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Ludger Helms

Learning from the Weimar experience, the founding fathers of the

Federal Republic eliminated the chance of a renewed institutionalized

conflict between the head of state and the federal government

through the creation of the Basic Law [Grundgesetz ]. They primarily

strengthened the power of the chancellor and his cabinet by introducing

the “constructive” vote of no confidence and abolishing the

principle of individual ministerial responsibility, while also reducing

the position of the federal president to a mere representative head of

state. With these clear-cut constitutional arrangements it is not surprising

that Germany has not been among the number of west European

democracies (such as Italy or Austria) for which issues

regarding the power of heads of state have occupied a rather prominent

position on the political agenda of the 1990s.

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Ludger Helms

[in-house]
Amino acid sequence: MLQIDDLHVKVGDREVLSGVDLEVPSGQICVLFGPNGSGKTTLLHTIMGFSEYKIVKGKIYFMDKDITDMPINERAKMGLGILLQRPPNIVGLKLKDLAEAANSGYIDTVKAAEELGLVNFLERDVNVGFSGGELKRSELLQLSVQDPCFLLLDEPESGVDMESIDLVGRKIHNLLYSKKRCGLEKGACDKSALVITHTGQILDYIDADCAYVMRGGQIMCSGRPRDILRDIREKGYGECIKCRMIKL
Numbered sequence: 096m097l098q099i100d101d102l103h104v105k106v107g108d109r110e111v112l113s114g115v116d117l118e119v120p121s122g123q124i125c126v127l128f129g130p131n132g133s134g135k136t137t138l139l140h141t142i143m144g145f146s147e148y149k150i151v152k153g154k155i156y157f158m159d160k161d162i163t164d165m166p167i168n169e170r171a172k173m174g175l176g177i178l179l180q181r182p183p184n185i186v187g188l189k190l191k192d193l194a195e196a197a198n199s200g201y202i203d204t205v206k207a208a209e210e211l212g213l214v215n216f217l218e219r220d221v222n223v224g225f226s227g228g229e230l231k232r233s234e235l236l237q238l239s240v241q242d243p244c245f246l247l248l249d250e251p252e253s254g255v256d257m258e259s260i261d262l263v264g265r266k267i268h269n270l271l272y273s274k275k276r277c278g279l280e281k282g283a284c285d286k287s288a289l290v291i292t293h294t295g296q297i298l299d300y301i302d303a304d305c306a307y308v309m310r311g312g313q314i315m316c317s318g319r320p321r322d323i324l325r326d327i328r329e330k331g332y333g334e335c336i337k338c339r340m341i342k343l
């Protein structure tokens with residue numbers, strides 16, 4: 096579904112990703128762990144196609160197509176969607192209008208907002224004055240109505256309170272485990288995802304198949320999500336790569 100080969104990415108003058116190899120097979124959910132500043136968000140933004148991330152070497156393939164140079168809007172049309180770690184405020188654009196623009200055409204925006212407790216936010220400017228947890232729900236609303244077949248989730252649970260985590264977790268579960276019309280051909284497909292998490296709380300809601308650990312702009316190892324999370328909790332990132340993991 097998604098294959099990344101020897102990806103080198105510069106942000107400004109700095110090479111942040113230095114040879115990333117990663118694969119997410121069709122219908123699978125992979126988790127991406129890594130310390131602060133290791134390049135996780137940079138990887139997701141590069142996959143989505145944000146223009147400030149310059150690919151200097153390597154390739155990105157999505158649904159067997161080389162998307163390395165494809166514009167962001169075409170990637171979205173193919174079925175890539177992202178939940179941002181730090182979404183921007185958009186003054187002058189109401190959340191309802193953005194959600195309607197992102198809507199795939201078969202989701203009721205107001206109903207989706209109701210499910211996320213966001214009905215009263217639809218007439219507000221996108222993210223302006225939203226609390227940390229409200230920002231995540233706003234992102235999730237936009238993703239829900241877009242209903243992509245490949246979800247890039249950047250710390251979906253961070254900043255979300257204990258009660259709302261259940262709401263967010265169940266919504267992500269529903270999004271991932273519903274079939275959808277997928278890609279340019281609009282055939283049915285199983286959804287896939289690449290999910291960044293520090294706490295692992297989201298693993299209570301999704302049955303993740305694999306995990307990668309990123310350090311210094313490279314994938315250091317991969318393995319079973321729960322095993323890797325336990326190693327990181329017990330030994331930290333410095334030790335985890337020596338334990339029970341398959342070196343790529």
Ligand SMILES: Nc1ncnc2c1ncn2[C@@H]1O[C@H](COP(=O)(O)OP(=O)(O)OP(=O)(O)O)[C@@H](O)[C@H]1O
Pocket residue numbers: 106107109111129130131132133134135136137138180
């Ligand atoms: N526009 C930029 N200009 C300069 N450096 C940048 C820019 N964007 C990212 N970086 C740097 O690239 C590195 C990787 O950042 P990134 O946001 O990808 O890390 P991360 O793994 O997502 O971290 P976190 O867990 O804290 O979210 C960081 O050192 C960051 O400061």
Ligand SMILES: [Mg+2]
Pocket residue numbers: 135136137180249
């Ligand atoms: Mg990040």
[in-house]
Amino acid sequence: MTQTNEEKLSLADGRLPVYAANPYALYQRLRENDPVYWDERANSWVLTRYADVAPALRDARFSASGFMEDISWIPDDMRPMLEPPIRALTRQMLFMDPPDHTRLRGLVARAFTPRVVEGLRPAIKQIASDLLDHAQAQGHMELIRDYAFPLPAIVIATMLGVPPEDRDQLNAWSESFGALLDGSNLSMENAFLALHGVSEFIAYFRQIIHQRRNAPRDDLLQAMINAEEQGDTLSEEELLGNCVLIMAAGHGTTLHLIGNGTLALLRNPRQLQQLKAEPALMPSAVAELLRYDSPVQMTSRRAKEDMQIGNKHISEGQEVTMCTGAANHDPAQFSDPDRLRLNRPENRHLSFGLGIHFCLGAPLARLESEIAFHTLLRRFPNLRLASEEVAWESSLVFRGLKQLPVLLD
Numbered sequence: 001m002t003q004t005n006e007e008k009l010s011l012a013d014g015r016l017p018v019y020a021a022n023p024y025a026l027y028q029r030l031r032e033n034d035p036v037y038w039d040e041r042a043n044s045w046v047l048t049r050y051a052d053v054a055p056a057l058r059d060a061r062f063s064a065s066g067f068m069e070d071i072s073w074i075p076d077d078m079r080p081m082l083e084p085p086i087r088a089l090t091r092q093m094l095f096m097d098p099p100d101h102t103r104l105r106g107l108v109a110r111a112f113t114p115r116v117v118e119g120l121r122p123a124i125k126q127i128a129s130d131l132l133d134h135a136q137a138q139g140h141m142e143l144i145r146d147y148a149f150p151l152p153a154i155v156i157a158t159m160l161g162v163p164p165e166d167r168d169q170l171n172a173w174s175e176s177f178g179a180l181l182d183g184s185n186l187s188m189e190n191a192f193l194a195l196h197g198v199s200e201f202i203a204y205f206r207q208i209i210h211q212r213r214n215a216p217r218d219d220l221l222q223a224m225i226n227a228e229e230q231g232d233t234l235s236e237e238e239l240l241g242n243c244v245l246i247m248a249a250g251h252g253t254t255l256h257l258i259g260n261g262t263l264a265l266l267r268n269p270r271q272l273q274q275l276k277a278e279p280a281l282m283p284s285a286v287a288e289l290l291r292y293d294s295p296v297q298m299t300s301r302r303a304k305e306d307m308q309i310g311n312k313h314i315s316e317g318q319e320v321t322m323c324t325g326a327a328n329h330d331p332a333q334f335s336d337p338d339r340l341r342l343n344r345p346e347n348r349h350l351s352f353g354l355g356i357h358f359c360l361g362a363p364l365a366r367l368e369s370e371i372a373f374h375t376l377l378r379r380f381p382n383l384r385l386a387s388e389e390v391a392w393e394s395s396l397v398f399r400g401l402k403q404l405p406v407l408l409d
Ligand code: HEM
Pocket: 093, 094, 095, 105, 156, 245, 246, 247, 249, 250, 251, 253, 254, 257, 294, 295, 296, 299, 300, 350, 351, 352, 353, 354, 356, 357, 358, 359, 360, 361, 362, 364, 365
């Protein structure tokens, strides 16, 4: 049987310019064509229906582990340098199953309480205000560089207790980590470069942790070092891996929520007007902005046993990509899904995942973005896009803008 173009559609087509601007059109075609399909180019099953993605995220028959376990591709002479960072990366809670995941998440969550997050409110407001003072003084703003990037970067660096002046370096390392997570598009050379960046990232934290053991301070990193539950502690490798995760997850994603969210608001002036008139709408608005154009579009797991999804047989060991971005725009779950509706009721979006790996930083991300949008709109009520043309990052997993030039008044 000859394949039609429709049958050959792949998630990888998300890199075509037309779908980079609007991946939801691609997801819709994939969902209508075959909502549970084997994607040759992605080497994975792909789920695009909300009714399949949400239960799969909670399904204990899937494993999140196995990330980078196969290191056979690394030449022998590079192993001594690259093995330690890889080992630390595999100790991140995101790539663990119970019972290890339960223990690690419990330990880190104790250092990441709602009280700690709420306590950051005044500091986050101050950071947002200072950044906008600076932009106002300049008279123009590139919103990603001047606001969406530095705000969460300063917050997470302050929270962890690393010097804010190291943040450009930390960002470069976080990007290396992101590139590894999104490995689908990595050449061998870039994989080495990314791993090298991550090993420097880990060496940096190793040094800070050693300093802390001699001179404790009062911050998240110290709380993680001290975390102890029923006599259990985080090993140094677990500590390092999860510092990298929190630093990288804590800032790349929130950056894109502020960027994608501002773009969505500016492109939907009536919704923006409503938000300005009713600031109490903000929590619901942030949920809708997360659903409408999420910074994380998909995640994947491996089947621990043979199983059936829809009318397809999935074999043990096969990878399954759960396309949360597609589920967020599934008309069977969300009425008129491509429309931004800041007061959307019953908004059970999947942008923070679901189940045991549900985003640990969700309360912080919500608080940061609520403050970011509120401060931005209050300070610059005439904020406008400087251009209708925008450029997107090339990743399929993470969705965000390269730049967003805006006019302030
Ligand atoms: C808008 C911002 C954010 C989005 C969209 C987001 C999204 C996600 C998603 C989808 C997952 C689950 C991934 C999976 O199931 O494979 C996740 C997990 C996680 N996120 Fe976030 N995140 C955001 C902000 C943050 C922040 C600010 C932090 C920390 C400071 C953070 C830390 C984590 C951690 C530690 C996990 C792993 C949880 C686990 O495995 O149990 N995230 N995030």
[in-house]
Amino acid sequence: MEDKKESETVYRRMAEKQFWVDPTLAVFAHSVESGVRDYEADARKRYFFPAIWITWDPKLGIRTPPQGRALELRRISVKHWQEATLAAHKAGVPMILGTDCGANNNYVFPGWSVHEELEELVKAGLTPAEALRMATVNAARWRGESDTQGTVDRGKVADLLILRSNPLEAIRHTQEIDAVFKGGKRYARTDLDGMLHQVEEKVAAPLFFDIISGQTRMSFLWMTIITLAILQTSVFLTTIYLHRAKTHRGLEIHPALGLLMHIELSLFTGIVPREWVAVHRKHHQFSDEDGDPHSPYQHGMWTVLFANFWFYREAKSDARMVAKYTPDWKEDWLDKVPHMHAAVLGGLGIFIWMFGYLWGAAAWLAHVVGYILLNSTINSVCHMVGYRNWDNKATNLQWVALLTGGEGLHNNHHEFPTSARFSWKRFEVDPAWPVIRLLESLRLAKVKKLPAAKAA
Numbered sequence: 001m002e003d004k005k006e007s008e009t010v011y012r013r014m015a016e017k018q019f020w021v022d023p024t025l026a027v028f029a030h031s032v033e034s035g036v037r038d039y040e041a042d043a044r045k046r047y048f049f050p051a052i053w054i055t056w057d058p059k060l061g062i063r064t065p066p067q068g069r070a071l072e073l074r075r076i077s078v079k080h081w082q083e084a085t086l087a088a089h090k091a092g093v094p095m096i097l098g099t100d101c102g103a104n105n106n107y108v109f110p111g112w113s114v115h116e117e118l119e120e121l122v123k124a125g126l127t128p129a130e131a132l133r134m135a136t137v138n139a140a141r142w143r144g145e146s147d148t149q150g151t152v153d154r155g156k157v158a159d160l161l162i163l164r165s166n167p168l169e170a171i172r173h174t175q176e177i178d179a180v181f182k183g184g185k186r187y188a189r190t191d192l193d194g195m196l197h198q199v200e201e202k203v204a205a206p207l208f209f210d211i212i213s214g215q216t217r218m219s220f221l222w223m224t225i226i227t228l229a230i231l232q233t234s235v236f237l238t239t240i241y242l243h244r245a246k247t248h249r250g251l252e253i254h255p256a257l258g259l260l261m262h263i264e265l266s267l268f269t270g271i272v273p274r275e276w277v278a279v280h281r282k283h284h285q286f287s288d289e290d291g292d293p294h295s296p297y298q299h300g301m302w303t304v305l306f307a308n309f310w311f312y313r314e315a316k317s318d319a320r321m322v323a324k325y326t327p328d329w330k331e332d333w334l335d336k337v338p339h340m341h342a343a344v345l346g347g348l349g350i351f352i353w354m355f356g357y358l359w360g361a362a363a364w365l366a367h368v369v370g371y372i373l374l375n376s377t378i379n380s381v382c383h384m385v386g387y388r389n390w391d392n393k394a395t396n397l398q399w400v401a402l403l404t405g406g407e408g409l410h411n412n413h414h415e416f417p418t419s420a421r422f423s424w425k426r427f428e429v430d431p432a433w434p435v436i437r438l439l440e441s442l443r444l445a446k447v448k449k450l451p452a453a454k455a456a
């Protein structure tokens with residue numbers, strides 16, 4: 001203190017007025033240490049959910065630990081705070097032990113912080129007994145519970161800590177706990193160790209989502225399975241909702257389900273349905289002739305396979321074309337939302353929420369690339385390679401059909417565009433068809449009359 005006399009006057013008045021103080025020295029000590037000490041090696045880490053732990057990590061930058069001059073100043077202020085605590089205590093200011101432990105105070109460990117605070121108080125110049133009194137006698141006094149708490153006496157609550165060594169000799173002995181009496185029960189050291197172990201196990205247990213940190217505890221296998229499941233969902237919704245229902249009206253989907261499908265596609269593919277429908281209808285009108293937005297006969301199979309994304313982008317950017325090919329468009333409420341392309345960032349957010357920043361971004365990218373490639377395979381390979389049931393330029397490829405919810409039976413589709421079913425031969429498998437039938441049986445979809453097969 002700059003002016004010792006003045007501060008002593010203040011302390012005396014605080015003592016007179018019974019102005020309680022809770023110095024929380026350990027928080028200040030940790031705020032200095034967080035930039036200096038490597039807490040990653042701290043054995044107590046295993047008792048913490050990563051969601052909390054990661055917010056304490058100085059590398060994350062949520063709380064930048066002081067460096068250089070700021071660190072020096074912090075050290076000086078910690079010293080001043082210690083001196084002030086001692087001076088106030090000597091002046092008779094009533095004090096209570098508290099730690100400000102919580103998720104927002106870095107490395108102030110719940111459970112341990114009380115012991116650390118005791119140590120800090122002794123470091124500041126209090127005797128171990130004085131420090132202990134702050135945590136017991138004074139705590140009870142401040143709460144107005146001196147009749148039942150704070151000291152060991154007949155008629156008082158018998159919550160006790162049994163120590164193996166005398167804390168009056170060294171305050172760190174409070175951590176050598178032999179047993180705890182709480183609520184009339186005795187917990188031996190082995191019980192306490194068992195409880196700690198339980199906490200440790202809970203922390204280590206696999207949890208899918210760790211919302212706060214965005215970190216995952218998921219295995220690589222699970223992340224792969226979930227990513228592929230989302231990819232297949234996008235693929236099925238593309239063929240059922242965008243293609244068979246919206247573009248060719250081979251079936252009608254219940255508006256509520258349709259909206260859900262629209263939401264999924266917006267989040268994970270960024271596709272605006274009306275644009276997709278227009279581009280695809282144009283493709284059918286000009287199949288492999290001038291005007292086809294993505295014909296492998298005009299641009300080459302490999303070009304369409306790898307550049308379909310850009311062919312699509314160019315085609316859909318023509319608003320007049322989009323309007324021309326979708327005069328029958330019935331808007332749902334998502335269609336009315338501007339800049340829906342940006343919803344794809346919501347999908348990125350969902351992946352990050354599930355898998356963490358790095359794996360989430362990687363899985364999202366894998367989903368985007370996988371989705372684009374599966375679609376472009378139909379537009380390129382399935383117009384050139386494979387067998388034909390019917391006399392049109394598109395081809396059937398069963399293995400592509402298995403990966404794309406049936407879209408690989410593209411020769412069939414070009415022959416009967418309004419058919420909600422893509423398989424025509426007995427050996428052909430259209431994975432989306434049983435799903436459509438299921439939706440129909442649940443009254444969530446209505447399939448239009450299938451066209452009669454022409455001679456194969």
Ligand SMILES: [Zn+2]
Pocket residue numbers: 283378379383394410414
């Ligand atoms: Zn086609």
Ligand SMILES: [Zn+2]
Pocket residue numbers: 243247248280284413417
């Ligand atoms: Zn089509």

While the Federal Republic has been famously characterized as a "grand coalition state," the Merkel government, formed in the after-math of the 2005 federal election, is only the second CDU/CSU-SPD coalition at the federal level since 1949. A comparison of the present administration with the first grand coalition government (1966-1969) reveals a wealth of differences that include some of the basic parameters of governing and governance in Germany, such as the structure of the party system and the overall public climate. Also, the personnel features and patterns of informal coalition governance under Chancellors Angela Merkel and Kurt-Georg Kiesinger display major differences. Arguably the single most important difference between the two administrations, however, relates to the level of public policy, with the Merkel government seeking to reverse some of the key decisions of its historical predecessor. Such u-turn dynamics have been particularly tangible in the field of federal system reform.